Metropolis - Part 1

STREETLIFE - Nigel Paul C. Villarete - The Freeman

They say you have to look from afar if you want to see the whole picture. This is so much truer in the case of cities. Sure, we notice all of those high-rise buildings sprouting in Cebu City and the metropolis surrounding it. I used to travel to Manila more often and I tend to count all the high-rise buildings here when the plane heading back home passes above the city as it turns to land in Runway 04 of Mactan airport. Year after year the number increases which to many is a source of delight. Surely, we have a fast-growing city and metropolis.

This is a far cry from the time I first lived here in 1978 as I entered my first year in college. That time, the highest building was Diamond Tower --actually the Ludo and Luym Building at corner Osmeña Boulevard and Plaridel Street. A little over 50 meters in height, it had a restaurant on its top (15th floor) which actually revolves slowly, giving you a view of the entire city. The first SM store in the country (it was not in Manila) was located at the ground floor. Called by its original name, Shoe Mart, it really sold shoes.

Slowly, along the decades, taller buildings overtook it as more floors were added and slender edifices raced up to reach higher into the sky. And then one day around two months ago, I stood on the banks of Canjulao in nearby Lapu-Lapu City and, lo and behold, I saw Cebu City as what it looks now --a growing metropolis joining others across the globe. From afar, you can see the rugged skyline full of tall buildings, one covering another, it’s difficult to distinguish and identify each one. I squinted my eyes trying to look for the Diamond Tower of yore but couldn’t find it --it was lost in the forest of gleaming edifices shooting up skywards trying to outdo each other on which could claim the distinction of being the tallest.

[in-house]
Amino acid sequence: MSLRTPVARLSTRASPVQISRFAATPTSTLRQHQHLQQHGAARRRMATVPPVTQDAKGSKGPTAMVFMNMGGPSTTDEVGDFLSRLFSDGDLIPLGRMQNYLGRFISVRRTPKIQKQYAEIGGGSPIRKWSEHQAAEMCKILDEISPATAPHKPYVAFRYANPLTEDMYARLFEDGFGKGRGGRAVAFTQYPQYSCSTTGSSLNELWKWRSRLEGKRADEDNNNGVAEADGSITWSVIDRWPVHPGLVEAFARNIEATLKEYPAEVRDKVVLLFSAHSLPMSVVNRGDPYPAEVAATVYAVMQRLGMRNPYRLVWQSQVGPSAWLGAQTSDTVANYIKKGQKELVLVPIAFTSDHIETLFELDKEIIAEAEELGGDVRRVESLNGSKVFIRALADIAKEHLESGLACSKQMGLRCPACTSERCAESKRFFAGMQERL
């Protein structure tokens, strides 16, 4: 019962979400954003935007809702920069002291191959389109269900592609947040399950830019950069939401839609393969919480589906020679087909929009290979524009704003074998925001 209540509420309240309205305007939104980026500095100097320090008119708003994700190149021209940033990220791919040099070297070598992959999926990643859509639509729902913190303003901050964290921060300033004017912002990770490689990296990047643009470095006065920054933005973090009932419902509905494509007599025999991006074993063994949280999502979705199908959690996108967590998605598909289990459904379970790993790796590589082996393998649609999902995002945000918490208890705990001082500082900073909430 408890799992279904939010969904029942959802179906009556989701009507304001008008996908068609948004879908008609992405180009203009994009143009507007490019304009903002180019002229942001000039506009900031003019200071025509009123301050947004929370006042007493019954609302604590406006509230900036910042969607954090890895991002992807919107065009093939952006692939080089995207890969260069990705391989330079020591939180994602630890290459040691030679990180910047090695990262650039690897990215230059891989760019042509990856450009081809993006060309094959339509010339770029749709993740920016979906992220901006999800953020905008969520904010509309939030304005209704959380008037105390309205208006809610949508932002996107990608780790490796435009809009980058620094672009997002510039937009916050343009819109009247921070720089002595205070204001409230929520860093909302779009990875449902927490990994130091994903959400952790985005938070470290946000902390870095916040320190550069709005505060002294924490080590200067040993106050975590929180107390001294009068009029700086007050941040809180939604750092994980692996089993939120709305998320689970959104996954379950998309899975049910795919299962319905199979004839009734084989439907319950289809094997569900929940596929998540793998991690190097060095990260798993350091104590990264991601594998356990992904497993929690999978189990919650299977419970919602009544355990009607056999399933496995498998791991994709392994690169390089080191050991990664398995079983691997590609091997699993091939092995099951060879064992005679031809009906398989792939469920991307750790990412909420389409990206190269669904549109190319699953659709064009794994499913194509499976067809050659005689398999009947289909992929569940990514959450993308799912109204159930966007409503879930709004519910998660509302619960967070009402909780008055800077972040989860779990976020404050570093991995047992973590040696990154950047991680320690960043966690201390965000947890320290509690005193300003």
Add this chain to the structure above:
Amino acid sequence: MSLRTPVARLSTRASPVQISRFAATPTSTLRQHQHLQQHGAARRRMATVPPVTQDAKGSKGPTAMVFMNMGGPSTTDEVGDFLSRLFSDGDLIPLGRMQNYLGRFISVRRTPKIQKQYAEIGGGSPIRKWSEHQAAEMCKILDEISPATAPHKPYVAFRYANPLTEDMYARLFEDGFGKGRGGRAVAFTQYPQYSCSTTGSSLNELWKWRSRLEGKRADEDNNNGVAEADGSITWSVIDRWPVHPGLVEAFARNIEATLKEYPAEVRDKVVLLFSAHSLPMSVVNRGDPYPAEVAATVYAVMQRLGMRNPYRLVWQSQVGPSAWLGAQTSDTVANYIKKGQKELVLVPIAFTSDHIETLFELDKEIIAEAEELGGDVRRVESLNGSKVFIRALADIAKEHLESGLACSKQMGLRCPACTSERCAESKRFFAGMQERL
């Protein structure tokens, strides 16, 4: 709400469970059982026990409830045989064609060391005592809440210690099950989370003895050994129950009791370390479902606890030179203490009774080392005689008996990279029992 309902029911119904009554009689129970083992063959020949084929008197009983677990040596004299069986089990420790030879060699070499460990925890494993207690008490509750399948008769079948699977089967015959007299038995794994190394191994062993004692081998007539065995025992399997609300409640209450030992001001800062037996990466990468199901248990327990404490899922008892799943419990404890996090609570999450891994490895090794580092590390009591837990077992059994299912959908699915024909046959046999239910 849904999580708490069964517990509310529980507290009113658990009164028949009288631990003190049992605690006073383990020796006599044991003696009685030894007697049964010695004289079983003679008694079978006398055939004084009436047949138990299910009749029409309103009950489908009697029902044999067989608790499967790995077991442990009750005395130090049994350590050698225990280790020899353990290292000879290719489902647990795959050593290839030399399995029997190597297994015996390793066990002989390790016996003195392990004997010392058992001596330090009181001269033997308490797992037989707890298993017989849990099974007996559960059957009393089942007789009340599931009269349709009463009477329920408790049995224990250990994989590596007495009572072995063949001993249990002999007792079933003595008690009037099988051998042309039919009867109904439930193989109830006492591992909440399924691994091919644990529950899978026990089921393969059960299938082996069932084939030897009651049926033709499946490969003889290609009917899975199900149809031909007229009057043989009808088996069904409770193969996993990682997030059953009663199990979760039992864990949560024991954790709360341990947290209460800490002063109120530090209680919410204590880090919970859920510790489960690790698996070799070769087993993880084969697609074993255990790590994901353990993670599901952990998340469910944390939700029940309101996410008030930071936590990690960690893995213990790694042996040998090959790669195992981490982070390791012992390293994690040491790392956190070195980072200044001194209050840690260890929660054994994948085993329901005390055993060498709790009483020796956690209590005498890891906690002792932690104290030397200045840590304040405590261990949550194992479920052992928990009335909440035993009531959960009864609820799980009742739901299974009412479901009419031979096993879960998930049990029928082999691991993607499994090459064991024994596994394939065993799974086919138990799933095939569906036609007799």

And the skyline is no longer that of Cebu City alone. From afar, it’s just a wide swathe of tall buildings, you can’t identify where Cebu City ends, and Mandaue City begins. Lapu-Lapu City has its own rising skyline, too, easier to distinguish as it is separated from the mainland. But from the air, you can see the metropolis for what it really is, a growing colony of people building their own version of a concrete jungle and inviting the consequent issues and problems associated with “development”.

Whether we should be happy with this or not is a question we have to face eventually. People are thrilled with buildings mushrooming here and there and with a skyline getting similar with the big cities of the world, but are our lives getting better, too? It might be a tricky question to answer, with the multitude of causes and effects of urban growth. But with growth comes the urban ills, and we are not exempted from that. In fact, we have been feeling the effects for some time already. Unfortunately, there seems to be more wrong than right which we must correct if we want a better future.

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